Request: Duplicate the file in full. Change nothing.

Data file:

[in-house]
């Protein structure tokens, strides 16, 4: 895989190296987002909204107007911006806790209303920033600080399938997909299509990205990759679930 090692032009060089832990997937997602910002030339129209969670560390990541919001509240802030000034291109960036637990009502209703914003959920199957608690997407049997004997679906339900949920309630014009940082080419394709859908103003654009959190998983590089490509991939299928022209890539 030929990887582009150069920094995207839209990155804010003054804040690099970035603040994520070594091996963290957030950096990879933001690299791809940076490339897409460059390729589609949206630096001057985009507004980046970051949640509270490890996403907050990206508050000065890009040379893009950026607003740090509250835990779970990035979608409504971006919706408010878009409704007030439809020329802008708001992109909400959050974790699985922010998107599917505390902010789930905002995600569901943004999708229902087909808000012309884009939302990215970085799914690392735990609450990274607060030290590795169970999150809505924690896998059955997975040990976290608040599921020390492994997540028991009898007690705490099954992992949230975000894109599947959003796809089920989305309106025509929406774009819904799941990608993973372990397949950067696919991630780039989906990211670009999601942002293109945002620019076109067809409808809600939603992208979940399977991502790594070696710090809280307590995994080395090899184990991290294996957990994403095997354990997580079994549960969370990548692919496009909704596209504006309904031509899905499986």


[in-house]
């Protein structure tokens, strides 16, 4: 895989190296987002909204107007911006806790209303920033600080399938997909299509990205990759679930 090692032009060089832990997937997602910002030339129209969670560390990541919001509240802030000034291109960036637990009502209703914003959920199957608690997407049997004997679906339900949920309630014009940082080419394709859908103003654009959190998983590089490509991939299928022209890539 030929990887582009150069920094995207839209990155804010003054804040690099970035603040994520070594091996963290957030950096990879933001690299791809940076490339897409460059390729589609949206630096001057985009507004980046970051949640509270490890996403907050990206508050000065890009040379893009950026607003740090509250835990779970990035979608409504971006919706408010878009409704007030439809020329802008708001992109909400959050974790699985922010998107599917505390902010789930905002995600569901943004999708229902087909808000012309884009939302990215970085799914690392735990609450990274607060030290590795169970999150809505924690896998059955997975040990976290608040599921020390492994997540028991009898007690705490099954992992949230975000894109599947959003796809089920989305309106025509929406774009819904799941990608993973372990397949950067696919991630780039989906990211670009999601942002293109945002620019076109067809409808809600939603992208979940399977991502790594070696710090809280307590995994080395090899184990991290294996957990994403095997354990997580079994549960969370990548692919496009909704596209504006309904031509899905499986």